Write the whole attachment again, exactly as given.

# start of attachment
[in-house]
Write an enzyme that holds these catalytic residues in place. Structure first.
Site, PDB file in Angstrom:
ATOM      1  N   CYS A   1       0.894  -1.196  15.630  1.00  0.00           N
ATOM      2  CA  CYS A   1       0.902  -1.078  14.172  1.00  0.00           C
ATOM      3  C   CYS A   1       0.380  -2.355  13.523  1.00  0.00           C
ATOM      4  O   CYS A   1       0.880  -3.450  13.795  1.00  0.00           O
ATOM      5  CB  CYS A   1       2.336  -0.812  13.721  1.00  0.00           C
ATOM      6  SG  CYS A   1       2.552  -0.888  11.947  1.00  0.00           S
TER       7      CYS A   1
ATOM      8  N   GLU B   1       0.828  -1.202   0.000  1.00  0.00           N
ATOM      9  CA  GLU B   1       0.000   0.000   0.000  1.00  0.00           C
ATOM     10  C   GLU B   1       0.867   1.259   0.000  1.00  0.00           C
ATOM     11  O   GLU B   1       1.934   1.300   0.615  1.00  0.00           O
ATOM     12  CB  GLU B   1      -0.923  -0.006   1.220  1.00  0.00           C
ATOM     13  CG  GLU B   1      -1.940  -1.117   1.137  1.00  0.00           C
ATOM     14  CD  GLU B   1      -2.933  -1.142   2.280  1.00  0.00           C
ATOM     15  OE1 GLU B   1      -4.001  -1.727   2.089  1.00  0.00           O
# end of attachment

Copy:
[in-house]
Write an enzyme that holds these catalytic residues in place. Structure first.
Site, PDB file in Angstrom:
ATOM      1  N   CYS A   1       0.894  -1.196  15.630  1.00  0.00           N
ATOM      2  CA  CYS A   1       0.902  -1.078  14.172  1.00  0.00           C
ATOM      3  C   CYS A   1       0.380  -2.355  13.523  1.00  0.00           C
ATOM      4  O   CYS A   1       0.880  -3.450  13.795  1.00  0.00           O
ATOM      5  CB  CYS A   1       2.336  -0.812  13.721  1.00  0.00           C
ATOM      6  SG  CYS A   1       2.552  -0.888  11.947  1.00  0.00           S
TER       7      CYS A   1
ATOM      8  N   GLU B   1       0.828  -1.202   0.000  1.00  0.00           N
ATOM      9  CA  GLU B   1       0.000   0.000   0.000  1.00  0.00           C
ATOM     10  C   GLU B   1       0.867   1.259   0.000  1.00  0.00           C
ATOM     11  O   GLU B   1       1.934   1.300   0.615  1.00  0.00           O
ATOM     12  CB  GLU B   1      -0.923  -0.006   1.220  1.00  0.00           C
ATOM     13  CG  GLU B   1      -1.940  -1.117   1.137  1.00  0.00           C
ATOM     14  CD  GLU B   1      -2.933  -1.142   2.280  1.00  0.00           C
ATOM     15  OE1 GLU B   1      -4.001  -1.727   2.089  1.00  0.00           O